Welcome to our Website ... Support our fight against human rights violations in CHT .......... LATEST NEWS......... Jamaat-e-Islami Inside the Militant Groups-4 (24 August)..............

Jamaat-e-Islami Inside the Militant Groups-4 (24 August)

Jamaat-e-Islami Inside the Militant Groups-4 (24 August)
They go free too easily
Zayadul Ahsan

A day after the August 17 serial blasts, Lutfor Rahman was caught by police at Thakurgaon for suspected links to the bombings. Records showed he was arrested twice in 2000 and 2001 for taking military training at an Ahle Hadith mosque in the district. Despite having specific evidence against him of being a militant, police detained him for ‘suspicious activities.’ He was soon released because of lack of any specific charges against him. Lutfor continued his militant activities.

Lutfor is only one case in point. Like him, at least 500 Islamist militants have been released on similar grounds in the past four years. Many of them were arrested several times in the act of terrorist activities, and yet no specific charges were brought against them and they were all left off the hook.

In late 1996, some 40 militants were arrested with dummy rifles while taking arms training at a Barguna Qwami madrasa. They were almost immediately released as police said they were engaged in ‘preaching Islam’.

On June 30, 2004, 33 militants were arrested at a mosque in Barguna, which made international headlines. Police found booklets on jihad in their possession. Charges were brought against six of them while the rest were released immediately. Even those six were later freed on bail.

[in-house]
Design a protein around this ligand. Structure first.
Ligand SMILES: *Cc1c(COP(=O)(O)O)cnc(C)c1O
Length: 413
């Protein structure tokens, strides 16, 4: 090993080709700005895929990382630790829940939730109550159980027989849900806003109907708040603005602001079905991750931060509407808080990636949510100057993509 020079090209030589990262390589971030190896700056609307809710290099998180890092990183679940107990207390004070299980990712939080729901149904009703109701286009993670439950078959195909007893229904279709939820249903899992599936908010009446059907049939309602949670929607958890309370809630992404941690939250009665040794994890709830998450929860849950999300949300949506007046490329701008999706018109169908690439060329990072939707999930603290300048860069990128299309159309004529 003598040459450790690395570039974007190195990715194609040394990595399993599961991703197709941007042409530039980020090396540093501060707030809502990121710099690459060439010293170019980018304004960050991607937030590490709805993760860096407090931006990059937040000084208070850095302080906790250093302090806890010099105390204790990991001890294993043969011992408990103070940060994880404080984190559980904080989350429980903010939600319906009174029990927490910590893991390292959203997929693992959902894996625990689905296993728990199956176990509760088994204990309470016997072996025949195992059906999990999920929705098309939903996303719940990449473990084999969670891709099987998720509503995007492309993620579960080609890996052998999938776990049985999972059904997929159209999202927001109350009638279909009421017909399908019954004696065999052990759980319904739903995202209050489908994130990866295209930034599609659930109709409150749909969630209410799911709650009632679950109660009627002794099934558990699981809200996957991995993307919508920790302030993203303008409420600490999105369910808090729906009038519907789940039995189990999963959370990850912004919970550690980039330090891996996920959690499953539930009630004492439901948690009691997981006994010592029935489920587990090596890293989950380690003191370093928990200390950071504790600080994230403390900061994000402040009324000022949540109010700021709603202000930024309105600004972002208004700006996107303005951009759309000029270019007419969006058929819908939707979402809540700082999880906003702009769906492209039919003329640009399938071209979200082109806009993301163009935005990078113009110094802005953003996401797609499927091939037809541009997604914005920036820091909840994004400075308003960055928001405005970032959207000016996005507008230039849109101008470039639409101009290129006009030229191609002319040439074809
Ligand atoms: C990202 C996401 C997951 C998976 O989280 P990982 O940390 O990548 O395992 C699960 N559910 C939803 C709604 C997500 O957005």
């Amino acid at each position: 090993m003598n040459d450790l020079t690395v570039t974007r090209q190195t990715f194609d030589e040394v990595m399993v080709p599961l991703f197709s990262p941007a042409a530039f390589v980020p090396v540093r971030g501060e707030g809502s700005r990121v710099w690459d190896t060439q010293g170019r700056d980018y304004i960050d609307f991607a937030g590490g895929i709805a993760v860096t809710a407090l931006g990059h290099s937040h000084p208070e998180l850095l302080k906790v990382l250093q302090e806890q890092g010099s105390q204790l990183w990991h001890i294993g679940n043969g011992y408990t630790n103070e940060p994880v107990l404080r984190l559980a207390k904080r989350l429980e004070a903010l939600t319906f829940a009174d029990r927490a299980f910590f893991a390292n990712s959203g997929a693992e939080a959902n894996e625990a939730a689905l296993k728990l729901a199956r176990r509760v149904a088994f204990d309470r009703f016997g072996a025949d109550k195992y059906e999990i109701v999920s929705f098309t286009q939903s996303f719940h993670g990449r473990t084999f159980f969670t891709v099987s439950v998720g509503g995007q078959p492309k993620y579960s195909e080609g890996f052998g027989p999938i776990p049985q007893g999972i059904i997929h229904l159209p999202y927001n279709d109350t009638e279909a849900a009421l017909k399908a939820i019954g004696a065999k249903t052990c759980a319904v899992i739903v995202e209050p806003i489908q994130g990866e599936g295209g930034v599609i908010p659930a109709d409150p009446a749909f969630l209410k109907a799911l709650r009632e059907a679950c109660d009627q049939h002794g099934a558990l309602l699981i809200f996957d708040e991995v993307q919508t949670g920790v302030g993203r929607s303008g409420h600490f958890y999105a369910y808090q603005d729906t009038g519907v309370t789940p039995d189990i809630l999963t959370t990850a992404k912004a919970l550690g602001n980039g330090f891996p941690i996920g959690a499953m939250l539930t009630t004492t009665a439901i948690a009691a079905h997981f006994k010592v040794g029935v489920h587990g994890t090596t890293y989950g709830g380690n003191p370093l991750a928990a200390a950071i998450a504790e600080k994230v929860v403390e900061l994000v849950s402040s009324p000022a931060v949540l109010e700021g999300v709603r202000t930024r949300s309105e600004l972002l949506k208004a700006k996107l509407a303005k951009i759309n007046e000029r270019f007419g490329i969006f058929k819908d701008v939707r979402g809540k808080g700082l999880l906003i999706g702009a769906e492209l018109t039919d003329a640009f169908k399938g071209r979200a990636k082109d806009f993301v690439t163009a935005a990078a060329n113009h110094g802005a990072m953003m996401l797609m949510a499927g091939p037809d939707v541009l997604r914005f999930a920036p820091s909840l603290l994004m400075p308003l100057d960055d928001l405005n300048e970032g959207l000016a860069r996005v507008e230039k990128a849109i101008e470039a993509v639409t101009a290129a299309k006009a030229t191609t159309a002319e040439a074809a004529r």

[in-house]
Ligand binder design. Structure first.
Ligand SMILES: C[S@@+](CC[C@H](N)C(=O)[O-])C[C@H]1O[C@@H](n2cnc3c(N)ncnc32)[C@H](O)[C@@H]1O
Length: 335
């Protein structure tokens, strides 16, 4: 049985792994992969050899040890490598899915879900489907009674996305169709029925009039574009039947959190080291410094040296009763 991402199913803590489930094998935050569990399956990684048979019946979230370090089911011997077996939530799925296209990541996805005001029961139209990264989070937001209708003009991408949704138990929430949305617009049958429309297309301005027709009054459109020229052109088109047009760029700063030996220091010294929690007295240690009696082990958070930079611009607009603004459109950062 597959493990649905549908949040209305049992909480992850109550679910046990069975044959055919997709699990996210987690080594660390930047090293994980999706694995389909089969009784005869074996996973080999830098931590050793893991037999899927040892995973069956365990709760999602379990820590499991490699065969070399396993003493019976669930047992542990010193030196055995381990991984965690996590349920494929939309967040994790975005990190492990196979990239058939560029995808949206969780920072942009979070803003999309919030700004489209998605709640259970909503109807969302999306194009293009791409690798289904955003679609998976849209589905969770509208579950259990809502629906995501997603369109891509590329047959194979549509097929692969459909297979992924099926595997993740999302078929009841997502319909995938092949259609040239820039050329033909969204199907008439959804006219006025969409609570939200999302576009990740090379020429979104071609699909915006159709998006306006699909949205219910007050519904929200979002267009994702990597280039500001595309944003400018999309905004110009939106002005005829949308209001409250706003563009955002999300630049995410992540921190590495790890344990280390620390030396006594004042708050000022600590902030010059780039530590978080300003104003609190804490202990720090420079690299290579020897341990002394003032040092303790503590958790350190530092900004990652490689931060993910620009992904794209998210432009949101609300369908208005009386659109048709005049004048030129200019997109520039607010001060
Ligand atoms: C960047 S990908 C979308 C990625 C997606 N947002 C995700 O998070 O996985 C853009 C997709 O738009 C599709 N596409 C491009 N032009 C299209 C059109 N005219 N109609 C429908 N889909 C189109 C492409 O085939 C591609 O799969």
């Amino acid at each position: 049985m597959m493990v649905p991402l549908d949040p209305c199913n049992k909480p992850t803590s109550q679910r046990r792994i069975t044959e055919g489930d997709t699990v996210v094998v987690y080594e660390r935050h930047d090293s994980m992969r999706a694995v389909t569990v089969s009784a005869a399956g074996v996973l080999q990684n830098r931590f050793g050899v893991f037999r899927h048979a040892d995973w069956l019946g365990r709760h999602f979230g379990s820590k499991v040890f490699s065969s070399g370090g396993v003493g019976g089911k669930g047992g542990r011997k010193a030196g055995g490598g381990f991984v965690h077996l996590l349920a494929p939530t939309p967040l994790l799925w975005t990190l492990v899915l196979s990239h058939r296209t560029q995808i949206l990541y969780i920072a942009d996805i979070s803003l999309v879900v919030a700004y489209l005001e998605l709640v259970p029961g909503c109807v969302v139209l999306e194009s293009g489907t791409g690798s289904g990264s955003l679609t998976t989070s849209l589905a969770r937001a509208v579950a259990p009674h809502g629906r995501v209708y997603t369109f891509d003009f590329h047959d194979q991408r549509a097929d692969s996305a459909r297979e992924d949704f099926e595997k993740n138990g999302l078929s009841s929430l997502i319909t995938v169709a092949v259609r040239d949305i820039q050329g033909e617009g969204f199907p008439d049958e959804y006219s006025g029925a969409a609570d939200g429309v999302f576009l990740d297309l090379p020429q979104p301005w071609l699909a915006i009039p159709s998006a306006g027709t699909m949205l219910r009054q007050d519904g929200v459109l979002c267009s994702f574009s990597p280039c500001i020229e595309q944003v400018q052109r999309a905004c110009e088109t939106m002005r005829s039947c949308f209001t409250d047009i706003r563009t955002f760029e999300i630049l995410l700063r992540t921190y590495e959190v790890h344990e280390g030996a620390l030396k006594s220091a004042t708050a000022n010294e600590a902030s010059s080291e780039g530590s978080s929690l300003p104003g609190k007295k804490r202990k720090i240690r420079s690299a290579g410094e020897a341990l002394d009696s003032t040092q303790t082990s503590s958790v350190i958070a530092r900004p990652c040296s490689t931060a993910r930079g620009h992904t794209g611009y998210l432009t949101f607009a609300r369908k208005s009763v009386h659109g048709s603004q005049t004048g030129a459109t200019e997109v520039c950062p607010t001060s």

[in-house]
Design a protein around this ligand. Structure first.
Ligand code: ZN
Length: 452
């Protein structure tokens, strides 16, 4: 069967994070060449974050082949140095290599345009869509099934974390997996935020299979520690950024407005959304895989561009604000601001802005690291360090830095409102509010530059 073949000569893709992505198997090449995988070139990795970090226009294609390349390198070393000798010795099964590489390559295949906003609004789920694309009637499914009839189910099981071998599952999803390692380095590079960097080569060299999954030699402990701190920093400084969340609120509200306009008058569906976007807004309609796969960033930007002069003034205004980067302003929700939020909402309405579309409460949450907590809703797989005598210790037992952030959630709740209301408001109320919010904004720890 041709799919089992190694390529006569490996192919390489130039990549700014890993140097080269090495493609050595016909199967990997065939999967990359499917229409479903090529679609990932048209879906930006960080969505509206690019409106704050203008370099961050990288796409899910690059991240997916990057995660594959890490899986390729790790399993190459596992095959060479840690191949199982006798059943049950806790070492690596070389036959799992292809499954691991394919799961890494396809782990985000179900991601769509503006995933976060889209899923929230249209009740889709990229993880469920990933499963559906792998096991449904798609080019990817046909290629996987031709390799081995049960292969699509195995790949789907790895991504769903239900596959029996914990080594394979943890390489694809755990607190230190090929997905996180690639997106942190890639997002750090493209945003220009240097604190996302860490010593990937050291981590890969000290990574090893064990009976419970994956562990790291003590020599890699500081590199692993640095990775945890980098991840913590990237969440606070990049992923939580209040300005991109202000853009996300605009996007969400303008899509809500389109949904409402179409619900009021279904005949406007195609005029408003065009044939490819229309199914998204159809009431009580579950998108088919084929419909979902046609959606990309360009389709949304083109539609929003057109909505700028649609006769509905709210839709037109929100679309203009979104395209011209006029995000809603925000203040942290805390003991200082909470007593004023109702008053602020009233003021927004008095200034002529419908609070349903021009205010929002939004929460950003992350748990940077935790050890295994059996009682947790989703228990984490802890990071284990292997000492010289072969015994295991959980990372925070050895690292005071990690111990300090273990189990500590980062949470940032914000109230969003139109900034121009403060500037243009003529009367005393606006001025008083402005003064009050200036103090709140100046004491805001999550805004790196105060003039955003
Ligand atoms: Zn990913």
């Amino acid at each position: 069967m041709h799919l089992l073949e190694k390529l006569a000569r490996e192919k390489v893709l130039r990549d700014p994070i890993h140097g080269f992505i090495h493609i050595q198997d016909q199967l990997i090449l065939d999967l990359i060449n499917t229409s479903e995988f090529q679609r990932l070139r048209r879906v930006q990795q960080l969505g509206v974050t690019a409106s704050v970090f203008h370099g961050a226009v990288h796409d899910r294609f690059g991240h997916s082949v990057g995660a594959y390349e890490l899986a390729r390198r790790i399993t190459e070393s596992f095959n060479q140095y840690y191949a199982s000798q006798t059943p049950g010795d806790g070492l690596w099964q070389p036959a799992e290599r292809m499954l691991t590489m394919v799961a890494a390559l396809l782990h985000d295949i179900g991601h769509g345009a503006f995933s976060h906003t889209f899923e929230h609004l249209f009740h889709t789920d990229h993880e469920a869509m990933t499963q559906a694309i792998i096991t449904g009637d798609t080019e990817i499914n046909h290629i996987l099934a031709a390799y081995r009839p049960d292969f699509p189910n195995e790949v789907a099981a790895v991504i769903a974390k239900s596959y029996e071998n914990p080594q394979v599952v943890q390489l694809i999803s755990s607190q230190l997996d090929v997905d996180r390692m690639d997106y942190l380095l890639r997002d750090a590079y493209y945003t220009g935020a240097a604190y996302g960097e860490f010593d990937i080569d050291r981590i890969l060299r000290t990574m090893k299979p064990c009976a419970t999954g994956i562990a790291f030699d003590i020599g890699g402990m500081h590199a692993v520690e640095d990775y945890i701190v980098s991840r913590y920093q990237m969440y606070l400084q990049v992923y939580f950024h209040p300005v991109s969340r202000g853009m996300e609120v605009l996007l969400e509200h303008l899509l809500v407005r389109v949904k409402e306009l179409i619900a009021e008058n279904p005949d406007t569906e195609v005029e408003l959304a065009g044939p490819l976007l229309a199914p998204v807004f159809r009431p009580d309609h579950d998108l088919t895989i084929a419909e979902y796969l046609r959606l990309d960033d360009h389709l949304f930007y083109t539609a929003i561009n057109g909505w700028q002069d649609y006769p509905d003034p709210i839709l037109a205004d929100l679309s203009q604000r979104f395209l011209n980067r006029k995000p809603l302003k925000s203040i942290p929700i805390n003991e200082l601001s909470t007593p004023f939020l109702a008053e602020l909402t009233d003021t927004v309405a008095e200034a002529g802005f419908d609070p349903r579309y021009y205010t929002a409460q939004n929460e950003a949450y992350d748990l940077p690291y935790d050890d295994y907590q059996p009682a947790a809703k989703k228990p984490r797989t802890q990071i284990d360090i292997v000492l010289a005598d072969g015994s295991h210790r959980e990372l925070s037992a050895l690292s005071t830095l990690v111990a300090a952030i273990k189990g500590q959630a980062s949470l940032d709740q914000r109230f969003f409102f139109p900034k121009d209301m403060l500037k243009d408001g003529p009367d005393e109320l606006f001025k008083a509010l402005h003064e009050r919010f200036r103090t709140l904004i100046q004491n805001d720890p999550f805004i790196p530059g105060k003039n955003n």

Fazle Rabbi and Lutfor Rahman, two militants, were arrested at an Ahle Hadith mosque at Ranishankail of Thakurgaon in 2000 for taking militant training. They also came out of custody, and were soon arrested two more times — once in 2001 and then again after the serial bombings of August 17.

One thing has become clear from the arrest and release stories: despite having specific evidence, police remain reluctant to bring any specific charges against the militants. In many cases, evidence was deliberately or mysteriously destroyed or witnesses barred from appearing before court to testify.

According to a Prothom Alo report on August 23, 2003, CID Inspector Khaliur Rahman made revealing comments about seven JMB militants arrested in Joypurhat on April 16, 2003. “I submitted three petitions at various times seeking permission to implicate three of the arrested in a murder case, but I did not get the permission,” he said. All seven were later freed.

According to press reports, 74 suspected militants were arrested in 1998, three in 1999, eight in 2001, five in 2002, 72 in 2003, 126 in 2004 and over 160 this year before the serial bombings.

Police headquarters on August 30, 2003 asked all top district bosses of Rajshahi police to take action against the militants and maintain a logbook of militant activities. The instructions, however, were never followed for mysterious reasons.

Jagrata Muslim Janata of Bangladesh (JMJB) chief Siddiqul Islam, nicknamed Bangla Bhai, is a glaring example of how militants have repeatedly escaped police dragnets and subsequently waged a reign of terror with backing from ruling party lawmakers. He was first arrested along with five others for attacking an Awami League leader in Mollarhat in Bagerhat on August 17, 2002. As villagers chased him, he took shelter in a house from where he was later caught with arms and militant documents. But police dropped Bangla

Bhai’s name from a charge sheet and no specific charges were brought against the rest. Rather, police termed him ‘an Islamic scholar’. All the criminals were later freed.